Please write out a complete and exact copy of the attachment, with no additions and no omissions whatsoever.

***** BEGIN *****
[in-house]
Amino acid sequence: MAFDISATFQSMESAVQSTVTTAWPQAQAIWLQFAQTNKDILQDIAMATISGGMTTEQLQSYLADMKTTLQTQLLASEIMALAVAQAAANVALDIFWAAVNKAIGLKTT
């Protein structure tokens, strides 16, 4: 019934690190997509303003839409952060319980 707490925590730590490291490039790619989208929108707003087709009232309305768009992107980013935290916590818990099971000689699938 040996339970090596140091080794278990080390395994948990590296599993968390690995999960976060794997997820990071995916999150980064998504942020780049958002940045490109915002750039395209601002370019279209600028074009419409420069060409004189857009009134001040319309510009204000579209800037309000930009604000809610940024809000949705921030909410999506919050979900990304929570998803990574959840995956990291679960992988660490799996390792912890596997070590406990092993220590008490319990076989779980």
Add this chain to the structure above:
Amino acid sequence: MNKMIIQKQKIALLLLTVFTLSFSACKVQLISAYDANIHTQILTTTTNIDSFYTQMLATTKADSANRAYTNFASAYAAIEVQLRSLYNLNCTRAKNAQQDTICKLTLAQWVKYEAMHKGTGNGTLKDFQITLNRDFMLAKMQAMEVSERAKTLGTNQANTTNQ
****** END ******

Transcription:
[in-house]
Amino acid sequence: MAFDISATFQSMESAVQSTVTTAWPQAQAIWLQFAQTNKDILQDIAMATISGGMTTEQLQSYLADMKTTLQTQLLASEIMALAVAQAAANVALDIFWAAVNKAIGLKTT
């Protein structure tokens, strides 16, 4: 019934690190997509303003839409952060319980 707490925590730590490291490039790619989208929108707003087709009232309305768009992107980013935290916590818990099971000689699938 040996339970090596140091080794278990080390395994948990590296599993968390690995999960976060794997997820990071995916999150980064998504942020780049958002940045490109915002750039395209601002370019279209600028074009419409420069060409004189857009009134001040319309510009204000579209800037309000930009604000809610940024809000949705921030909410999506919050979900990304929570998803990574959840995956990291679960992988660490799996390792912890596997070590406990092993220590008490319990076989779980």
Add this chain to the structure above:
Amino acid sequence: MNKMIIQKQKIALLLLTVFTLSFSACKVQLISAYDANIHTQILTTTTNIDSFYTQMLATTKADSANRAYTNFASAYAAIEVQLRSLYNLNCTRAKNAQQDTICKLTLAQWVKYEAMHKGTGNGTLKDFQITLNRDFMLAKMQAMEVSERAKTLGTNQANTTNQ